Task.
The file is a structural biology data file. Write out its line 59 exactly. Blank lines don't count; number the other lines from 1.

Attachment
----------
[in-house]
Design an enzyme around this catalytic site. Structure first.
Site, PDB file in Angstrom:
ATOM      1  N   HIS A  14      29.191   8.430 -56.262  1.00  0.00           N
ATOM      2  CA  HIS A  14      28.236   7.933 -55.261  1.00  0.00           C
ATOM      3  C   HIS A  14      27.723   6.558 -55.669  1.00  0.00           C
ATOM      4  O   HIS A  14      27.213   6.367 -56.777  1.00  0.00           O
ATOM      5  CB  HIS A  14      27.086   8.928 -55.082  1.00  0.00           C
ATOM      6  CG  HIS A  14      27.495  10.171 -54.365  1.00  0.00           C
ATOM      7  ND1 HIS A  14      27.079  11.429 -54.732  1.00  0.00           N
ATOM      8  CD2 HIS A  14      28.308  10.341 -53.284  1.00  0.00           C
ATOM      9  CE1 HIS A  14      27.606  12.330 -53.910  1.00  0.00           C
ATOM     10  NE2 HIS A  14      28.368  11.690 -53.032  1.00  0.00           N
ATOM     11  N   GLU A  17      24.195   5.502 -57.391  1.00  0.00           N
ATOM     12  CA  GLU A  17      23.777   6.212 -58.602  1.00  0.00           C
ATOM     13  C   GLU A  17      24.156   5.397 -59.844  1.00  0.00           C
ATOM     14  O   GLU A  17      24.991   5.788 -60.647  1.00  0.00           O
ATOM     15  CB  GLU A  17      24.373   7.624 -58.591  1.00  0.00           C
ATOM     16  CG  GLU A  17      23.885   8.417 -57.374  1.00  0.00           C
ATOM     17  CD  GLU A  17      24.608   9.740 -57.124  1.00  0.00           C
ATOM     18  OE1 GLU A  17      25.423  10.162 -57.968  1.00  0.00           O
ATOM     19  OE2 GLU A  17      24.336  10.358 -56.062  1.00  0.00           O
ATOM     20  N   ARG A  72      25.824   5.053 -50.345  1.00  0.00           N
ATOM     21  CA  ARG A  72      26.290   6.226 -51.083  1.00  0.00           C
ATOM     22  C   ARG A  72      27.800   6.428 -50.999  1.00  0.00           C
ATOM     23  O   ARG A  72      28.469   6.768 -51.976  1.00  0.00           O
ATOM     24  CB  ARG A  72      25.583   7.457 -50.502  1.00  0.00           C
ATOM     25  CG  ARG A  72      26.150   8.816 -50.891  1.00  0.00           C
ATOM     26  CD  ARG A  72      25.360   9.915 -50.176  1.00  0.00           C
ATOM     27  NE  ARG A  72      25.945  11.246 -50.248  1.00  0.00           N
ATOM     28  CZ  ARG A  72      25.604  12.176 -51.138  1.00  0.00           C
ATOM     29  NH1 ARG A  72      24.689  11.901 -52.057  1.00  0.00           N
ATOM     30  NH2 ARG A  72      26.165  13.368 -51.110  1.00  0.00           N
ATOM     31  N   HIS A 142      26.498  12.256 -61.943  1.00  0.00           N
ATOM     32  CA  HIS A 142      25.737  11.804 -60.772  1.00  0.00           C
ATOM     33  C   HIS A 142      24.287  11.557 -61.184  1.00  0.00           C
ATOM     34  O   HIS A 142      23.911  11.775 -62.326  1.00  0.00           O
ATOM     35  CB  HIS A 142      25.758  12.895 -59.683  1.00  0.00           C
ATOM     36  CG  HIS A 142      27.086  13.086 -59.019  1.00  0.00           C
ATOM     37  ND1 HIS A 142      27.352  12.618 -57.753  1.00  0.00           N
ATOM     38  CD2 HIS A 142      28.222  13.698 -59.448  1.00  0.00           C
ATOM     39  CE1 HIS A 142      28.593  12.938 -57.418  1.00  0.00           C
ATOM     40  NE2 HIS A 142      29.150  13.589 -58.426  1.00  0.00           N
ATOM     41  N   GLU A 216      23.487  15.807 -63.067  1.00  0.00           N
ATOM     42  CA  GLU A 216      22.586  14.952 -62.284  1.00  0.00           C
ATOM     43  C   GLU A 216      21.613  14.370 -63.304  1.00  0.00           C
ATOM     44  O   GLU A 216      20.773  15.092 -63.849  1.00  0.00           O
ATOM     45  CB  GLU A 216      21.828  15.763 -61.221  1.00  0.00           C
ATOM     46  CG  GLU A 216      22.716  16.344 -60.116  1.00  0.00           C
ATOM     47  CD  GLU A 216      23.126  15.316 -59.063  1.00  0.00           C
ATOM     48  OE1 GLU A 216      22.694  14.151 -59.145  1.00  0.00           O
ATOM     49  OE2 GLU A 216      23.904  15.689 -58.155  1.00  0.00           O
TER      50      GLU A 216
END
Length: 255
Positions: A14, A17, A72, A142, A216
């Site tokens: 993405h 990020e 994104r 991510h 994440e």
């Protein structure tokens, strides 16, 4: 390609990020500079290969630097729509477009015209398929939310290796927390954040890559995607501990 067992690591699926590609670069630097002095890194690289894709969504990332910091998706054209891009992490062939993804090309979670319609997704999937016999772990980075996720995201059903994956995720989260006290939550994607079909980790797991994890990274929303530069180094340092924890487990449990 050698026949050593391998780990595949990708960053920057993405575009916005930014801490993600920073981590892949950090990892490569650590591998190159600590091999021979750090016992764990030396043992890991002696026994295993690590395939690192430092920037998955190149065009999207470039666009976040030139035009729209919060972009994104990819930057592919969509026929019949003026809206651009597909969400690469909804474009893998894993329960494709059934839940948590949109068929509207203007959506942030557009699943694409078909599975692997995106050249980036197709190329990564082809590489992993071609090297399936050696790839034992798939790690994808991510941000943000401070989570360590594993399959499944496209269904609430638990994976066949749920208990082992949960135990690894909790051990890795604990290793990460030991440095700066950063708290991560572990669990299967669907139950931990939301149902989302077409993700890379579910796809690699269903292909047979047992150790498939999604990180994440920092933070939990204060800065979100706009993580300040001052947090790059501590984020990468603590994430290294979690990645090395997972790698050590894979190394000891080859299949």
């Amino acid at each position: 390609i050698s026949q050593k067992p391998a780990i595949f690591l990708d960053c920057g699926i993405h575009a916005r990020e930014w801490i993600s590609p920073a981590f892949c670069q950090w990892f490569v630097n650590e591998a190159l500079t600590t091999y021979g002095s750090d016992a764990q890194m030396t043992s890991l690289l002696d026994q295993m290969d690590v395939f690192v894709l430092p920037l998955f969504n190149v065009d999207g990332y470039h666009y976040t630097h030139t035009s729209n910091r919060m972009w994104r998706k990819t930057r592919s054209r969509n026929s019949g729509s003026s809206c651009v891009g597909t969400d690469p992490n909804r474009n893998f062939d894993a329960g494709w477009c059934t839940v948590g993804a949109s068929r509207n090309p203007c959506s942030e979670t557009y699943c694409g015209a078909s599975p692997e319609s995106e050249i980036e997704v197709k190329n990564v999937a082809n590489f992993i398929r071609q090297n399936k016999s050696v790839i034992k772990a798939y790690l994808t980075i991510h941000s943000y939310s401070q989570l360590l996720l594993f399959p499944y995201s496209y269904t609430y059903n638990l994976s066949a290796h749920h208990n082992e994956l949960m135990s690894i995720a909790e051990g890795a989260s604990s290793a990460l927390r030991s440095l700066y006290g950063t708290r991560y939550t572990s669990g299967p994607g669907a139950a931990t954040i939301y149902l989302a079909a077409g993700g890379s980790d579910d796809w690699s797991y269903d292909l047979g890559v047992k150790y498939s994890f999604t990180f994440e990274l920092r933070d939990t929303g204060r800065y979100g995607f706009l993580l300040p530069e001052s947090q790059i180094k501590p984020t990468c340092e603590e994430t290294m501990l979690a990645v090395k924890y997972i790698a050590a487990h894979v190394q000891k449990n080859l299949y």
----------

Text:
């Amino acid at each position: 390609i050698s026949q050593k067992p391998a780990i595949f690591l990708d960053c920057g699926i993405h575009a916005r990020e930014w801490i993600s590609p920073a981590f892949c670069q950090w990892f490569v630097n650590e591998a190159l500079t600590t091999y021979g002095s750090d016992a764990q890194m030396t043992s890991l690289l002696d026994q295993m290969d690590v395939f690192v894709l430092p920037l998955f969504n190149v065009d999207g990332y470039h666009y976040t630097h030139t035009s729209n910091r919060m972009w994104r998706k990819t930057r592919s054209r969509n026929s019949g729509s003026s809206c651009v891009g597909t969400d690469p992490n909804r474009n893998f062939d894993a329960g494709w477009c059934t839940v948590g993804a949109s068929r509207n090309p203007c959506s942030e979670t557009y699943c694409g015209a078909s599975p692997e319609s995106e050249i980036e997704v197709k190329n990564v999937a082809n590489f992993i398929r071609q090297n399936k016999s050696v790839i034992k772990a798939y790690l994808t980075i991510h941000s943000y939310s401070q989570l360590l996720l594993f399959p499944y995201s496209y269904t609430y059903n638990l994976s066949a290796h749920h208990n082992e994956l949960m135990s690894i995720a909790e051990g890795a989260s604990s290793a990460l927390r030991s440095l700066y006290g950063t708290r991560y939550t572990s669990g299967p994607g669907a139950a931990t954040i939301y149902l989302a079909a077409g993700g890379s980790d579910d796809w690699s797991y269903d292909l047979g890559v047992k150790y498939s994890f999604t990180f994440e990274l920092r933070d939990t929303g204060r800065y979100g995607f706009l993580l300040p530069e001052s947090q790059i180094k501590p984020t990468c340092e603590e994430t290294m501990l979690a990645v090395k924890y997972i790698a050590a487990h894979v190394q000891k449990n080859l299949y």